12 REASONS WHY PLANS FAIL

A plan is a systematic framework that outlines how an organization plans to achieve its objectives.

The process of setting plans is called planning. 

Planning is the systematic process of identifying the objectives of the business and deciding on the course of action to achieve these objectives.

Plans, by themselves, do not guarantee success. They need to be properly executed.

In fact, in truth, planning is one thing, but putting the plan into action is another story entirely. 

The following are reasons why plans fail:

1. Lack of clarity: One factor that can contribute to planning failure is a lack of understanding and clarity about the plan made.

Many organizations make plans that are too complex to understand.

Where plans are not properly understood, it is unlikely that such plans will work.

2. Plans are not properly integrated into the total management system: An organization's management process is made up of procedures, policies, and processes that help it achieve its goals.

The four fundamental parts of the management system are "plan, do, check, and act," which can be abbreviated as "PDCA."

Of the following management systems, the "plan" aspect serves as the basis upon which the others are built.

As a result, if plans are not adequately integrated, there is a risk that other components of the management system will be poorly executed, resulting in management system failure and ineffective plans.

Furthermore, a plan will fail if the management fails to associate the plan with the central themes of the organisation's mission.

3. Monetary Constraints: The success of any plan depends on the availability of financial resources. 

The unavailability of financial resources can greatly contribute to planning failure.

4. Unrealistic goals: Regardless of the time and financial constraints, some organizations set goals that are too high for the organization to achieve given its available resources.

This has led to many planning failures as unrealistic goals cannot be measured or used as a basis for performance evaluation.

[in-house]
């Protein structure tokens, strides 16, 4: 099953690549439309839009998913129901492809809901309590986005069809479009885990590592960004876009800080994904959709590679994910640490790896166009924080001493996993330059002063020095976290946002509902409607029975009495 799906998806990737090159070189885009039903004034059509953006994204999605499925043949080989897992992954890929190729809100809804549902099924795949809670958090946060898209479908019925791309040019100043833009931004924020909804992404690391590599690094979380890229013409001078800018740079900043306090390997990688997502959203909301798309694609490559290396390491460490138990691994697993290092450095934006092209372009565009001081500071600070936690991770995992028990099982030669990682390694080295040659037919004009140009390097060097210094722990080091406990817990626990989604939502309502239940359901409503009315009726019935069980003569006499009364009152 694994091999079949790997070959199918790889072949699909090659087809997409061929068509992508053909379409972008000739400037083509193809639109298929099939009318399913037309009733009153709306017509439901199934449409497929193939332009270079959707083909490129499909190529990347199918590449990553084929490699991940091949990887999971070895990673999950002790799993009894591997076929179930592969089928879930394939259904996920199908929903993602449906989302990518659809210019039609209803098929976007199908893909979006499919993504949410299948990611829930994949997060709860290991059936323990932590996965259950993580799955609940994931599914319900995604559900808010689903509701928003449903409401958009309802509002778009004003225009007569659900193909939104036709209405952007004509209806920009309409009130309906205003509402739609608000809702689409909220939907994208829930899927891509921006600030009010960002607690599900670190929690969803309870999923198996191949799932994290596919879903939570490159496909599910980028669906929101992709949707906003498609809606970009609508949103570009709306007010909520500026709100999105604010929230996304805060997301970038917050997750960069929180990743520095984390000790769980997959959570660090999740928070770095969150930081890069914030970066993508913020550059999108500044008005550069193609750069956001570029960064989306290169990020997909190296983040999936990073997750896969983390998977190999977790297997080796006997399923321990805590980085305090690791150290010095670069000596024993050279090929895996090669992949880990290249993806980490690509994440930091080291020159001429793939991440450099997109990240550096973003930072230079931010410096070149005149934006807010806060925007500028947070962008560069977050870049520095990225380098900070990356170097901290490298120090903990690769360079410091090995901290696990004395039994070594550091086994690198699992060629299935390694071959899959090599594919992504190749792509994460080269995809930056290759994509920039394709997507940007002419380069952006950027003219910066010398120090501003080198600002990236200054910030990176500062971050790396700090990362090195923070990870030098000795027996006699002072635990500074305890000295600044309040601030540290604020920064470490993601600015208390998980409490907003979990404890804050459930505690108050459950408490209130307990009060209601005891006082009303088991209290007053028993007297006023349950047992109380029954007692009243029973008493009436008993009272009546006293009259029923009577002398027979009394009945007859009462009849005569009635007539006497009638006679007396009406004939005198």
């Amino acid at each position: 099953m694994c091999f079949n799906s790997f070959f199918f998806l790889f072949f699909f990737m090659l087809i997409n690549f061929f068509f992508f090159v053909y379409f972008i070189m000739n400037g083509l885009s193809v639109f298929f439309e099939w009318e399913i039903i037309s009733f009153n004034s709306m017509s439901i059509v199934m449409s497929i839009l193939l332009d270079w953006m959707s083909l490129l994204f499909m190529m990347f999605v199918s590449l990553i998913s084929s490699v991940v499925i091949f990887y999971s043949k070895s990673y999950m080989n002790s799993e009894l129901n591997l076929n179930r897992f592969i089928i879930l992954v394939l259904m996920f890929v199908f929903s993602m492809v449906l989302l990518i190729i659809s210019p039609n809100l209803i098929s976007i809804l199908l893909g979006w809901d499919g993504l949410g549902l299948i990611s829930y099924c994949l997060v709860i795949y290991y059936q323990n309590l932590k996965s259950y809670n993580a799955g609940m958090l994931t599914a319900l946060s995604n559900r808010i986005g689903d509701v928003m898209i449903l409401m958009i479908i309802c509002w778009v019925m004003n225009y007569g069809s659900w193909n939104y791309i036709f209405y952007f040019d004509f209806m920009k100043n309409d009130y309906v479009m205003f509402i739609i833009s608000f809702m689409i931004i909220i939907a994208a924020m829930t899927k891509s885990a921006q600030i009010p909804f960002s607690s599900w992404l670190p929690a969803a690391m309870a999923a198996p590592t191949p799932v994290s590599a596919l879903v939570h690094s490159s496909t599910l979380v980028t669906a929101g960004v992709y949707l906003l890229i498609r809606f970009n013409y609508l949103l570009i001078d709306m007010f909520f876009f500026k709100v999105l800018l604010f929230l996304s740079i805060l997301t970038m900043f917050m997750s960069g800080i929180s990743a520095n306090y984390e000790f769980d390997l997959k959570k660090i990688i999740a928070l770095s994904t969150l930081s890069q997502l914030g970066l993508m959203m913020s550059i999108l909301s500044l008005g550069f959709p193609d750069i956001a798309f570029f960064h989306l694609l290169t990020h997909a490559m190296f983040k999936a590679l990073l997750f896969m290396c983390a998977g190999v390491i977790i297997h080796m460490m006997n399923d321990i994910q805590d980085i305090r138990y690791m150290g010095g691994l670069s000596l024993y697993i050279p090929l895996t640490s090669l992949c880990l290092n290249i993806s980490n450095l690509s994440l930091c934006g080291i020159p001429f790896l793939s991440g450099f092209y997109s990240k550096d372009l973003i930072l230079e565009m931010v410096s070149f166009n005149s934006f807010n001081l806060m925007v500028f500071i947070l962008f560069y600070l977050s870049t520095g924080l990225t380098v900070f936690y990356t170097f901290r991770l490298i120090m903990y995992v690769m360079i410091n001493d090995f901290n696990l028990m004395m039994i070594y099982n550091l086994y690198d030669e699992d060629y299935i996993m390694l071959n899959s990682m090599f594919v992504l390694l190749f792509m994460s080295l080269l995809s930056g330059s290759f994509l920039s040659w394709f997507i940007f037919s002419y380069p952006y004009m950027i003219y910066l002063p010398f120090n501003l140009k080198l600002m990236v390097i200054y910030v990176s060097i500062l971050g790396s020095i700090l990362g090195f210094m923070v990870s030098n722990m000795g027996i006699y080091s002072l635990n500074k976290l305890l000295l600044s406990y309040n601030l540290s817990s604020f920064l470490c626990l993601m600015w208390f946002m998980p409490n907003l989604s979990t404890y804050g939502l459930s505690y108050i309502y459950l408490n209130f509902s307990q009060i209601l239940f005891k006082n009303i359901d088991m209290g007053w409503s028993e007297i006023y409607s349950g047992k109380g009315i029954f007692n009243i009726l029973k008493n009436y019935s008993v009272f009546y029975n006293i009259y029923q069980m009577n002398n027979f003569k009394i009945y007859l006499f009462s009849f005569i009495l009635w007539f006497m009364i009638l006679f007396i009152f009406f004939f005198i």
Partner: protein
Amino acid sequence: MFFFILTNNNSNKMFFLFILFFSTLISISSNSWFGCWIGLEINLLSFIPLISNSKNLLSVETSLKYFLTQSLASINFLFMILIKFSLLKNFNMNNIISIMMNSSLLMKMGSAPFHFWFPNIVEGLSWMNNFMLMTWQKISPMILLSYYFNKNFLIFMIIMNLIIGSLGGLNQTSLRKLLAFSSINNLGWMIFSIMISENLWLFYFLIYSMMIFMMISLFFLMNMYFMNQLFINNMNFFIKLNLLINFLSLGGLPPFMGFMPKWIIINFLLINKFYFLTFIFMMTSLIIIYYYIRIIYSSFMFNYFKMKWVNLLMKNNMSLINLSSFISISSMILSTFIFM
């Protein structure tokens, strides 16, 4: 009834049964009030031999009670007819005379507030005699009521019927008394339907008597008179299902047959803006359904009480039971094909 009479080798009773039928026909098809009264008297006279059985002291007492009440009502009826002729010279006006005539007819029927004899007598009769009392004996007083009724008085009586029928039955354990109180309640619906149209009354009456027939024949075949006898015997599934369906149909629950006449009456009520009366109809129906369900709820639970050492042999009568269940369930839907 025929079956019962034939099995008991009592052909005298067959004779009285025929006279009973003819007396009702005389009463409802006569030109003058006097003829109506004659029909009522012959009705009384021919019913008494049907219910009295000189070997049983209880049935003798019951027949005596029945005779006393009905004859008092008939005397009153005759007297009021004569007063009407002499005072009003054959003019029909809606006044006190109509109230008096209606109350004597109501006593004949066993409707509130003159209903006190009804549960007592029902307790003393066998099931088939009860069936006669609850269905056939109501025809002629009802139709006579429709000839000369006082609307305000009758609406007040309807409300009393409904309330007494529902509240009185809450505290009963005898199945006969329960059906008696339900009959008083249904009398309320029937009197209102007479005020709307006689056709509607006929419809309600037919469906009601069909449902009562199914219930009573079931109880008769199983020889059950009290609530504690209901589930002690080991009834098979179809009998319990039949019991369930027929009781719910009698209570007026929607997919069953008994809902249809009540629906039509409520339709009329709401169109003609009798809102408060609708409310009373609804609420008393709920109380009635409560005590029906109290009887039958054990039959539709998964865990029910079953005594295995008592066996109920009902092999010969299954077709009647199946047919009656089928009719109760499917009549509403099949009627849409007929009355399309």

Furthermore, aiming to accomplish too much at once almost invariably leads to planning failures.

5. Management fails to operate by plan: A recurrent occurrence in many planning failures is management failing to follow the plan.

Quite often, management ignores laid-down plans and instead opts to manage and run the organization based on their own experiences.

Some managers believe that they can successfully manage a company without a plan.

This has caused many plans to fail, as even the best-laid plans would not yield any fruit if they are not followed through or carried out.

A plan made without execution is just like a plan not made at all. This is because the utility of a plan is only realized when it is carried out.

6. Responsibility for planning is solely vested in the planning department: Planning is a pervasive function of management that is supposed to involve everyone in the organization.

But, in some organizations, the responsibility for planning is wrongly vested in the planning department or a single staff member.

Plans developed solely by the planning department or staff are very unlikely to succeed, particularly if they were developed without enough input or participation from other departments.

Indeed, if management at all levels of the business were not fully involved in the planning process, the plan would not be executed properly.

7. Little commitment: For a plan to succeed, every effort must be put into achieving the laid down objectives of the business.

But, in a situation where management expects that plans developed with little commitment will succeed, the plan is likely to fail.

8. Failure to integrate plans: Plans will fail if they are not properly integrated into the day-to-day activities and operations of the business.

9. Planning costs exceed benefits: If a plan's potential costs exceed its potential benefits, it will fail since no sensible organization would be willing to carry it out.

10. Change in a business environment: Plans are made on certain premises or assumptions, and plans are only as good as the assumptions on which they are based.

A change in the business environment could effectively render a plan useless, especially if the plan is overly rigid or fails to adapt to the changes.

Furthermore, plans developed from insufficient data are almost always doomed to fail.

11. Staffing requirements are not met: Plans are made and executed by people. 

If the staffing requirements required to achieve a plan are not met, the plan will certainly fail.

After all, the success of any plan is primarily dependent on the human resources that carry it out.

12. Absence of contingency plan: While we all hope that our plans will work out, certain factors such as changes in the environment and other variables can cause them to fail.

For this reason, a contingency plan is needed.

A contingency plan (also known as plan B) is a document that specifies an alternative course of action that an organization can take if the initial plan fails.

Its purpose is to assist businesses in responding to changes in planning variables

However, due to one reason or the other, many organization do not have contingency plans in place, making them unable to respond to changes when the initial plan fails.

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